By Gunjan Jain| Apr 15, 2016
Deepak Parekh and NR Narayana Murthy talk about their organisational principles
No longer is value-based organisational behaviour an interesting philosophical choice. It is a requisite for survival, say Ken Blanchard and Michael O’Connor in their book Managing by Values. In fact, every industry statesman will affirm that leadership centred around values is inevitable for the building of a legacy.
However, it is no easy task to establish and run businesses along strictly ethical lines, given the uncertain socio-political and economic times we live in. Also, there is no fixed prescription for value-driven leadership.
This column features two of the most respected names in business—Deepak Parekh, the veteran of financial services who steadily and surely raised HDFC Ltd to the foremost levels of banking in India; and NR Narayana Murthy, founder of Infosys and father of the Indian IT sector. Both were pioneers in their respective businesses when they started off more than three decades ago and leave behind legacies that are the stuff of academic case studies.
‘It is essential to build an organisation with the aim of creating a legacy’
Q. Your grandfather and father were both bankers. What are the value-driven leadership traits that you have inherited? Have these values stood you in good stead?
I learnt the important trait of humility. One needs to stay approachable and accessible to one’s people. I have imbibed the principle of putting faith in people. To grow professionally and personally, it is critical to trust everyone at least once, as trust is the basic courtesy you can extend towards another human being.
For example, when HDFC ventured into other areas of financial services such as banking and insurance, we selected capable people to run these subsidiaries.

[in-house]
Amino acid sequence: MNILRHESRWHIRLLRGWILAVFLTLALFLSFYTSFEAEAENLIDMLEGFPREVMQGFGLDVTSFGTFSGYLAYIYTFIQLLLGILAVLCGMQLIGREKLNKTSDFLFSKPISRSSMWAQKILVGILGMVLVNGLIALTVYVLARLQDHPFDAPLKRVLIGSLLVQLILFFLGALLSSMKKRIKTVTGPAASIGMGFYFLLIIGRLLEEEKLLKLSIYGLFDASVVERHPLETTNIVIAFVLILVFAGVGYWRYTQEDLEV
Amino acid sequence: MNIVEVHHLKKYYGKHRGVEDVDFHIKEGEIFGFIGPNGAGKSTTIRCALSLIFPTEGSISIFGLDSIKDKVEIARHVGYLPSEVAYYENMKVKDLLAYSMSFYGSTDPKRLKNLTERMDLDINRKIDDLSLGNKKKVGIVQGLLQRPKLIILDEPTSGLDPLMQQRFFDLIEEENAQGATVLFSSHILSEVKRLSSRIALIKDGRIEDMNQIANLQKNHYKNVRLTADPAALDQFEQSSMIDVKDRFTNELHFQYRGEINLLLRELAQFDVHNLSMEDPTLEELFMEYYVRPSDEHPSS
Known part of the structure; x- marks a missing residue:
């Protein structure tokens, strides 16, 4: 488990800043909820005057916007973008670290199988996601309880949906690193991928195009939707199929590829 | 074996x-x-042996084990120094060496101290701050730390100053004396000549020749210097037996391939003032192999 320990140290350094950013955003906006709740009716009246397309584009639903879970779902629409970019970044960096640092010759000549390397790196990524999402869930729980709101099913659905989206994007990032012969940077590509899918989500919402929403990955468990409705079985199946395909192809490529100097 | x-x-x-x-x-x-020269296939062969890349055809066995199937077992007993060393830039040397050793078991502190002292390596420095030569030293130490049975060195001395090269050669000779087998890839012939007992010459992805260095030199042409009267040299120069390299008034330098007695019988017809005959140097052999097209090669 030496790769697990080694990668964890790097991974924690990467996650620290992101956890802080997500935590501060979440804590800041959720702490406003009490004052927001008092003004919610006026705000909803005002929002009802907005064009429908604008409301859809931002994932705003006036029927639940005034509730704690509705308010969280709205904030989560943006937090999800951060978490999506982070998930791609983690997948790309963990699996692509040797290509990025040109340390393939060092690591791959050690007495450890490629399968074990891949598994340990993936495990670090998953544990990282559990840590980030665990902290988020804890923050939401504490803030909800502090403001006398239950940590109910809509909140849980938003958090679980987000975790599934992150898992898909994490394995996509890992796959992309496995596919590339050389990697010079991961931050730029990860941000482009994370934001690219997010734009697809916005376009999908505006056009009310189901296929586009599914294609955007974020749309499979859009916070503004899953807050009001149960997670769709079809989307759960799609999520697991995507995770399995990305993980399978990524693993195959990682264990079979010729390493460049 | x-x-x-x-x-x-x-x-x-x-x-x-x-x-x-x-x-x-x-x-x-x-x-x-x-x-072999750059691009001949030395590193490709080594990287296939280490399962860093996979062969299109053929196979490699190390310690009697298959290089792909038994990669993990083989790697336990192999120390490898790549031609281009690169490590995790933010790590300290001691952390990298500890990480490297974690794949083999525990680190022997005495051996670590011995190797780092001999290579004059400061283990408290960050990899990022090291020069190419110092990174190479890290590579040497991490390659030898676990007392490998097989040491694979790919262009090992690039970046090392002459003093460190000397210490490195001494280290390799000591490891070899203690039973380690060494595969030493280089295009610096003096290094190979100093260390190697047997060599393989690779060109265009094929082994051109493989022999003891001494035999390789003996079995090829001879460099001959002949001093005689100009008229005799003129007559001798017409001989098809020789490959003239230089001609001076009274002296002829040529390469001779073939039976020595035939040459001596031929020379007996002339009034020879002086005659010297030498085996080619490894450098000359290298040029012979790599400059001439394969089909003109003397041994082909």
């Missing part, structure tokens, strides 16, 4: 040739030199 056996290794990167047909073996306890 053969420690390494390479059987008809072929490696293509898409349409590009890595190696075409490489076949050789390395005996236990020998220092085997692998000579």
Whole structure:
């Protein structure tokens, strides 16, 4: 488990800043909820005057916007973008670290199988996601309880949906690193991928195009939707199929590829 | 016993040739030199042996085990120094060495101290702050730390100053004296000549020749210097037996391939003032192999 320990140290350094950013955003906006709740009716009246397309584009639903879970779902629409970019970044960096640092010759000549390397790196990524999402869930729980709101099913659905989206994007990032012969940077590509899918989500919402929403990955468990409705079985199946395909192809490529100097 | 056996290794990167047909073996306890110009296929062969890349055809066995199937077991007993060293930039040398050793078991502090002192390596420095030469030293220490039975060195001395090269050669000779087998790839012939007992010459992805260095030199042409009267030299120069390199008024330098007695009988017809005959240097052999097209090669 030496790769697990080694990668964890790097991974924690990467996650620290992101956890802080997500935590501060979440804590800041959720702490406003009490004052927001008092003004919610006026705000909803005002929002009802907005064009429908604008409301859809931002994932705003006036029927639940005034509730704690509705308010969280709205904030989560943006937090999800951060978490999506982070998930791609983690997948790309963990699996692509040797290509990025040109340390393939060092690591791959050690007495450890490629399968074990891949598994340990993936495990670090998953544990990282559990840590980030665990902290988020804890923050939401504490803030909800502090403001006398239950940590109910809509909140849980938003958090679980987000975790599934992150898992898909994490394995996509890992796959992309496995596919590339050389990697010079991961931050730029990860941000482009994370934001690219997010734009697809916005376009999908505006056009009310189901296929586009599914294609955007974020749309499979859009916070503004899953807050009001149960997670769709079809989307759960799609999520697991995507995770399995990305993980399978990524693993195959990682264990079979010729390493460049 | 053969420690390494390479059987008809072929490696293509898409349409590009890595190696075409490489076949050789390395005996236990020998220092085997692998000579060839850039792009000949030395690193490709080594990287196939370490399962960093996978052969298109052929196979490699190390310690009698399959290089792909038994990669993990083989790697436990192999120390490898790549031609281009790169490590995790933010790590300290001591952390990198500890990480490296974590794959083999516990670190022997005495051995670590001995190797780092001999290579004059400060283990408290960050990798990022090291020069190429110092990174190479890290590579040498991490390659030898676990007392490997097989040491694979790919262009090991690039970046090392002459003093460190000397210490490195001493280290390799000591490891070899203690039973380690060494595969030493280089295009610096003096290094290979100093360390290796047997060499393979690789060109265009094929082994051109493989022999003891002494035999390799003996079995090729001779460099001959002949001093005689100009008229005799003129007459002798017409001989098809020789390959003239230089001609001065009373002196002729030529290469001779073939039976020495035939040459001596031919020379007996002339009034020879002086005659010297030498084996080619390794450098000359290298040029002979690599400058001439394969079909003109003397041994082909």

We provided them with the broad guidelines but also gave them a free hand. The non-obstructive approach empowered the managers to independently take decisions, be accountable and also ensure that the brand name of HDFC stays intact. Today, these subsidiaries are doing well and have created value for stakeholders.
Q. What are the core values in building a reputable organisation?
It is essential to build an organisation with the aim of creating a legacy. It is a painstaking effort created over many years. It is not about a single individual or a visionary leader in isolation. The legacy needs to reflect the ethos of the institution and of the people who are able to replicate that ethos in their sphere of work. An organisation needs to be built on the principles of fairness, kindness, efficiency and effectiveness.
For an organisation to grow, one needs to make sure that the employees grow with it. For instance, although HDFC employees do not have the best pay scales, all of them are rewarded with stock options. When the company does well, it reflects in the net worth of the employees.
Q. What are the challenges leaders face in adhering to their values because of the ‘clean business approach’? How would an entrepreneur tackle such a situation?